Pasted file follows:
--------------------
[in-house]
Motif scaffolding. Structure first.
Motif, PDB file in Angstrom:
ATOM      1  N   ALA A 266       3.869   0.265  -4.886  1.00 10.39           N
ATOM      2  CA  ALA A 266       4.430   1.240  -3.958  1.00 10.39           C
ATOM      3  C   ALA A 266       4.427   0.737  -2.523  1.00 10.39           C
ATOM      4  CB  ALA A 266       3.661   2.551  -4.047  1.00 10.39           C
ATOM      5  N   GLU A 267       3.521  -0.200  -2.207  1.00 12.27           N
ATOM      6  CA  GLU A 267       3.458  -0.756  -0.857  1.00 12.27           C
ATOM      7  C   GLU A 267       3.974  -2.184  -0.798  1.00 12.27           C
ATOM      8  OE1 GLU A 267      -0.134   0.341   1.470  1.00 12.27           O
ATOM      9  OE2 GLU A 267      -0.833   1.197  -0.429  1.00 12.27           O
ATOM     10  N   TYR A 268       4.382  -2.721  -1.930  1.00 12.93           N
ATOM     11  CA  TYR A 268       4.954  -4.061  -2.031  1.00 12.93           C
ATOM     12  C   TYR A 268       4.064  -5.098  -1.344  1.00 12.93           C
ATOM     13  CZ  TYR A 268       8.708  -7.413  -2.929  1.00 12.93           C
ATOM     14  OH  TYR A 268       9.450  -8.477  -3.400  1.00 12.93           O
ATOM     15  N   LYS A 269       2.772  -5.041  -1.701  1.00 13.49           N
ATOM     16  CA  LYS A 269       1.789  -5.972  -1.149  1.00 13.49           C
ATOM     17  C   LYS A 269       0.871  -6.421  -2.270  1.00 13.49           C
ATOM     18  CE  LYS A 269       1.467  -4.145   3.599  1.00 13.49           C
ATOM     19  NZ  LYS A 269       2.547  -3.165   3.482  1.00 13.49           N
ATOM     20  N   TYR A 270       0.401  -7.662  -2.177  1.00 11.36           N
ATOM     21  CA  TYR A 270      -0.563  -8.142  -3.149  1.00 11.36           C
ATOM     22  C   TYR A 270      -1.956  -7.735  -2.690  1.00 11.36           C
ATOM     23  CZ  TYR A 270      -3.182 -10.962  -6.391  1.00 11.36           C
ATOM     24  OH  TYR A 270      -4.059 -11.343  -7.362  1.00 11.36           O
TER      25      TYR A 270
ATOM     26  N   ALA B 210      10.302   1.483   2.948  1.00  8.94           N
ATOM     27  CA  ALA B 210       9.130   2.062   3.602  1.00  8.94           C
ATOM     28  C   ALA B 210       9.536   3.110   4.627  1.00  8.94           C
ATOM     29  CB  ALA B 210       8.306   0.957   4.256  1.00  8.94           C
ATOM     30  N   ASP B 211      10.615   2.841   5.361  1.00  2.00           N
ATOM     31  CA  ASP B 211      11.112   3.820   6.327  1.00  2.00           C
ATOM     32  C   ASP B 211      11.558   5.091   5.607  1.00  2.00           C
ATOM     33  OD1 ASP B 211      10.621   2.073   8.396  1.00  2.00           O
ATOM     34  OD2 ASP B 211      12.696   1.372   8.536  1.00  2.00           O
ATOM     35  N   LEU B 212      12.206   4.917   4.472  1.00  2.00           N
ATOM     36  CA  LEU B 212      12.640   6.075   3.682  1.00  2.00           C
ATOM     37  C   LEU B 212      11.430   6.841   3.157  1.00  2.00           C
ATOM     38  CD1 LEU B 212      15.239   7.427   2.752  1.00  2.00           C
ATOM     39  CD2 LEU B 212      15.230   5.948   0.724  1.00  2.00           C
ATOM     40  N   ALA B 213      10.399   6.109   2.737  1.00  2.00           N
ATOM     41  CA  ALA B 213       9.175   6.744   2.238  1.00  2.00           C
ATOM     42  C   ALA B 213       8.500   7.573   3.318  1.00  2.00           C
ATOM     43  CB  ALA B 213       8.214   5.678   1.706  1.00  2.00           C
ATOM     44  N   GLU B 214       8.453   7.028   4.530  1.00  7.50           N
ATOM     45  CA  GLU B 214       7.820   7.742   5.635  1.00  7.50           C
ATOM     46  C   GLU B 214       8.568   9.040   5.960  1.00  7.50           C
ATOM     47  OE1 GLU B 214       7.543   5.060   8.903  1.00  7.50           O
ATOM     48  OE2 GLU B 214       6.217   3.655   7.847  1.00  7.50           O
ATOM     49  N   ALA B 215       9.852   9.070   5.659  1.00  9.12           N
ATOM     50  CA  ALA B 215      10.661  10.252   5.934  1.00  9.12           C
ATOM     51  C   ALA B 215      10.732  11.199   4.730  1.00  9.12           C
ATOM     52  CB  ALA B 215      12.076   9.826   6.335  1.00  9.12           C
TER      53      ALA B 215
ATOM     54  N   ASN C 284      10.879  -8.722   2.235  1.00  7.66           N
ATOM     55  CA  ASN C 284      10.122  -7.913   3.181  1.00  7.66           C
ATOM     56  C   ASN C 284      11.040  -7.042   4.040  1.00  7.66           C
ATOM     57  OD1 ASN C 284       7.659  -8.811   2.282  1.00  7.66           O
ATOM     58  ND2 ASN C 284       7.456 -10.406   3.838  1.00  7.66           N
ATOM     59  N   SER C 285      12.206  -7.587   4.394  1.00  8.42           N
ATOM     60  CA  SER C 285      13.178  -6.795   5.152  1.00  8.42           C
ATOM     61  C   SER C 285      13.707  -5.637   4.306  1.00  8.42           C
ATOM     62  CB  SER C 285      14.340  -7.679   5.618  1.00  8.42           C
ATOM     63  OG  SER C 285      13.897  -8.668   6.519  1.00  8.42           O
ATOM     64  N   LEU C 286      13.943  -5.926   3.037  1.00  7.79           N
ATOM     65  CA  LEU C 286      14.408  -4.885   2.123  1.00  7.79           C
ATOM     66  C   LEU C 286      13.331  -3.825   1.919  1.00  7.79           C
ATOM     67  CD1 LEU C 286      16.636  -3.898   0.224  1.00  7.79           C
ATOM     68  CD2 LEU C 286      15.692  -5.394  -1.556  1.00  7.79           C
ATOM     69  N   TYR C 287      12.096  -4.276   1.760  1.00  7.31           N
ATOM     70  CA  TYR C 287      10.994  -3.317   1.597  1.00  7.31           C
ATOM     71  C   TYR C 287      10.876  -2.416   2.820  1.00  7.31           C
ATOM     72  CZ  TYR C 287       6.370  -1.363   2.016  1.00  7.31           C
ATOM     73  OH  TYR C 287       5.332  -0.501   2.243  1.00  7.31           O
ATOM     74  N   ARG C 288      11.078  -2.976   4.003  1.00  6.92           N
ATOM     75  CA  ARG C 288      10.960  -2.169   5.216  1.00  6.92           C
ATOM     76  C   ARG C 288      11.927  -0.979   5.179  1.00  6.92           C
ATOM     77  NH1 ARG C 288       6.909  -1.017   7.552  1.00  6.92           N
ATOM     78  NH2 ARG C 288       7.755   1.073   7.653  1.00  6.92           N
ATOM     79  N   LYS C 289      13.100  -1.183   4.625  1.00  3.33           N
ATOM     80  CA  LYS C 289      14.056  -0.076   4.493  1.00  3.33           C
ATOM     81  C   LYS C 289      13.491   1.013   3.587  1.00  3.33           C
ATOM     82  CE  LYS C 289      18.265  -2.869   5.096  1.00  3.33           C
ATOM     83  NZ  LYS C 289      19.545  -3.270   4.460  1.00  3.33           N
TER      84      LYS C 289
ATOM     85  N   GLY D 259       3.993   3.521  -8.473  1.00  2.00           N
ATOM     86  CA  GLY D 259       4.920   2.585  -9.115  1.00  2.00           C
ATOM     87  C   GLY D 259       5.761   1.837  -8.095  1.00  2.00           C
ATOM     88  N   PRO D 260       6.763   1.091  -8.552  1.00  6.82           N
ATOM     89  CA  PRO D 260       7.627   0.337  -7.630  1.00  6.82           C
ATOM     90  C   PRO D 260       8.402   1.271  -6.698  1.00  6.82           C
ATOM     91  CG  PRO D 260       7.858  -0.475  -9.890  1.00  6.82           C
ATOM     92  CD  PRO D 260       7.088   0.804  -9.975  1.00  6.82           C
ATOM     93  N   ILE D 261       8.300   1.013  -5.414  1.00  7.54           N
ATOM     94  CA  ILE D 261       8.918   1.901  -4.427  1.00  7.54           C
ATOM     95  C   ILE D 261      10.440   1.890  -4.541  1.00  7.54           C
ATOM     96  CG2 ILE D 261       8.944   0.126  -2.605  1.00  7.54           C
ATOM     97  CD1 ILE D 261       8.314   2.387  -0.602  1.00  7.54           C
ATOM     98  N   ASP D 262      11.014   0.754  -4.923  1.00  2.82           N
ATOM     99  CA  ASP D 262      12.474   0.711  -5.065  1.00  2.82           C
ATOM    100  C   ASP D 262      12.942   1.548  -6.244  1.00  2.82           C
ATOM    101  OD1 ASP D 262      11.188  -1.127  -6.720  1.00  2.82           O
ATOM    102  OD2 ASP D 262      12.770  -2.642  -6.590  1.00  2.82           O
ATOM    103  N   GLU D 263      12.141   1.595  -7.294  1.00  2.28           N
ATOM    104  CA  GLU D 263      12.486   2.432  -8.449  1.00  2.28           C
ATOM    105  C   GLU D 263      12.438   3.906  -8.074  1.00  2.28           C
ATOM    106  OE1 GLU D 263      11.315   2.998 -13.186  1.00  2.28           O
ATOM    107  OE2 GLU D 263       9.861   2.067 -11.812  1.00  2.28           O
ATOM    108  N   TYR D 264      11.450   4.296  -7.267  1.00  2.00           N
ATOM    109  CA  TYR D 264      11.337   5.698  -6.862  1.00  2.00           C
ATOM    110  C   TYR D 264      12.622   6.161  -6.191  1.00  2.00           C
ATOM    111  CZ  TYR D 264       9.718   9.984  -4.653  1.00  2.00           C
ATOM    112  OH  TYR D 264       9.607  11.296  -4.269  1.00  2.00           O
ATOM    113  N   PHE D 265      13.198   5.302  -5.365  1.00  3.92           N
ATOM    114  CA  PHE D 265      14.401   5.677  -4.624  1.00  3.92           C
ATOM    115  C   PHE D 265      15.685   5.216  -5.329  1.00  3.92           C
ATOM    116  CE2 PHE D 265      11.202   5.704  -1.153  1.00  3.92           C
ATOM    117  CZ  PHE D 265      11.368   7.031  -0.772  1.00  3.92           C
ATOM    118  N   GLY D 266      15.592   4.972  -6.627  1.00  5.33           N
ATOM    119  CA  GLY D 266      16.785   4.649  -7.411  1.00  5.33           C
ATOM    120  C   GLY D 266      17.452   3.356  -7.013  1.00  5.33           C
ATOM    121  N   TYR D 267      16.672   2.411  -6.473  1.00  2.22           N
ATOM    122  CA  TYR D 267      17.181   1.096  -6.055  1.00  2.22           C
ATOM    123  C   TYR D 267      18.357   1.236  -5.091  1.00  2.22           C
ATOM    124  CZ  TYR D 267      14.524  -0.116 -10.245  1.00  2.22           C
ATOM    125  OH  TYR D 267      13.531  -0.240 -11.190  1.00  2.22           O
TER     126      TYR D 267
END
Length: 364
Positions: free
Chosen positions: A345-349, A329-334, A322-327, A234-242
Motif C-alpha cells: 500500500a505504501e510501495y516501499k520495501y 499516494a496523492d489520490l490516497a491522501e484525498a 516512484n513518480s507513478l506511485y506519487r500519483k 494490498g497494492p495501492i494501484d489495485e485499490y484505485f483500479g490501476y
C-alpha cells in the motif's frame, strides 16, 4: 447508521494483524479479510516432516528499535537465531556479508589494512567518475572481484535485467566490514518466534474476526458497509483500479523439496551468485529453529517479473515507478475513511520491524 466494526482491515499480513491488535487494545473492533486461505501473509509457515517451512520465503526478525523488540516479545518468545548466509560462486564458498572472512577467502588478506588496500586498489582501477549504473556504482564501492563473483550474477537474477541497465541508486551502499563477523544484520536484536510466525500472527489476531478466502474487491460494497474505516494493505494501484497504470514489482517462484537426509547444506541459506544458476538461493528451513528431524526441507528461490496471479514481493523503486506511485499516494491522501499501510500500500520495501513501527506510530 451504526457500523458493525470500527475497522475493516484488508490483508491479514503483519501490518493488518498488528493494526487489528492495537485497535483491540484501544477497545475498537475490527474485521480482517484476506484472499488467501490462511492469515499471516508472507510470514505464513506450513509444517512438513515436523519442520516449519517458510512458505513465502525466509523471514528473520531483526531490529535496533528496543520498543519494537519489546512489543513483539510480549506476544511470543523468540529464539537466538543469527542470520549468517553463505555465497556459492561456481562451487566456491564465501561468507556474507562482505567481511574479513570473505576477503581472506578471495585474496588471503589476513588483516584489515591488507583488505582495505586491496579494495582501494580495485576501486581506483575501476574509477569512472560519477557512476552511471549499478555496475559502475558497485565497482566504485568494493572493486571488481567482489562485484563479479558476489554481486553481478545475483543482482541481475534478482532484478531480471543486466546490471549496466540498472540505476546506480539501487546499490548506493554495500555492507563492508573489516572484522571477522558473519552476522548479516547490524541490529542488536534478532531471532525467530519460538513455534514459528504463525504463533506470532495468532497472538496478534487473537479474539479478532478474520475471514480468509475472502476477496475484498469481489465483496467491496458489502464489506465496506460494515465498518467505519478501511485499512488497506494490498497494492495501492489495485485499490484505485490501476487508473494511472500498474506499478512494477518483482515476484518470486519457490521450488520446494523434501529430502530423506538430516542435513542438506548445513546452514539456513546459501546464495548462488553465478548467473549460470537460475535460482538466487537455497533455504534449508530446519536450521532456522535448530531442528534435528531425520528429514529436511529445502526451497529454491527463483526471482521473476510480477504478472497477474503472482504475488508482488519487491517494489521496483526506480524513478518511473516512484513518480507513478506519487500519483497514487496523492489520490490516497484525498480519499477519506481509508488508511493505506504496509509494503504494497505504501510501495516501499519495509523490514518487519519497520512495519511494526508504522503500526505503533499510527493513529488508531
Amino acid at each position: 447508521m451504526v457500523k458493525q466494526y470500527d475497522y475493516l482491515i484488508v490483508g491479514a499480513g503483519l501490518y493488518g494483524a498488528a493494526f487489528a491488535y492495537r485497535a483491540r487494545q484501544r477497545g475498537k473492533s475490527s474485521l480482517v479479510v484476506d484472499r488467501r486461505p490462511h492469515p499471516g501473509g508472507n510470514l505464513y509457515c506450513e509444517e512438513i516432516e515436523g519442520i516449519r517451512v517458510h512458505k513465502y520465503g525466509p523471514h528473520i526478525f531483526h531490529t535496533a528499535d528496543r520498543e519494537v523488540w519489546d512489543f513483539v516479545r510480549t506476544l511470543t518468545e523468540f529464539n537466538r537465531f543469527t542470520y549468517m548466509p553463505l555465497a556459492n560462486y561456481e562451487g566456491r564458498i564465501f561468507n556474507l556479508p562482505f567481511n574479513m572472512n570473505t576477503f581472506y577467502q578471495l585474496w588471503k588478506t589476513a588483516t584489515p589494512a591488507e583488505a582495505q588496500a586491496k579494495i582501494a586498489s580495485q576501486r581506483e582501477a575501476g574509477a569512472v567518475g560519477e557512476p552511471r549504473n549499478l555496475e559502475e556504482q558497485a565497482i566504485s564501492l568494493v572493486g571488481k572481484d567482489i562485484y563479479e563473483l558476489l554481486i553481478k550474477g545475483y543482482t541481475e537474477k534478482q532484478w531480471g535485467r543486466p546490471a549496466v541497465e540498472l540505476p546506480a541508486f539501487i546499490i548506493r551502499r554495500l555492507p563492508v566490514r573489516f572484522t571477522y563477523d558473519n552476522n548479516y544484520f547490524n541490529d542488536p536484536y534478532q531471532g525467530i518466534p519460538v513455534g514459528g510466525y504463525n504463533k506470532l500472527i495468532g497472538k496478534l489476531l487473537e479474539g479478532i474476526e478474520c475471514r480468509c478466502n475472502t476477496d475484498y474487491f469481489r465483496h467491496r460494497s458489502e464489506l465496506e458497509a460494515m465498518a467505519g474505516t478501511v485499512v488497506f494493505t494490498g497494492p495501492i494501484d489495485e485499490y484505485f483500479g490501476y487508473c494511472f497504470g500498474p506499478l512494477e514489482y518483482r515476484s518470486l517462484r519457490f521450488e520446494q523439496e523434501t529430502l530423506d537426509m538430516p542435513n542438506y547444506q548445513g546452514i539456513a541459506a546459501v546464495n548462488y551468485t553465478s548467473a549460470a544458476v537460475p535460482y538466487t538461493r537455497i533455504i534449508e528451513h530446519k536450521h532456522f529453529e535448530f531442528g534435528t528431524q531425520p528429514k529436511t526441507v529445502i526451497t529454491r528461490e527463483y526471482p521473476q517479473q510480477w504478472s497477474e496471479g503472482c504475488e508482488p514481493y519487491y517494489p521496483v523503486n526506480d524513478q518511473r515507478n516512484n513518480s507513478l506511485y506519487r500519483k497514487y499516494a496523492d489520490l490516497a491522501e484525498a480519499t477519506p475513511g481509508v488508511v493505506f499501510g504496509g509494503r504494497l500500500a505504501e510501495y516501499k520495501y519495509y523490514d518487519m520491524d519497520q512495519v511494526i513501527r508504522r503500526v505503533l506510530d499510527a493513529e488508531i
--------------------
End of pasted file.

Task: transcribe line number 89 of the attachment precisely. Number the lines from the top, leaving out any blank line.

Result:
ATOM     86  CA  GLY D 259       4.920   2.585  -9.115  1.00  2.00           C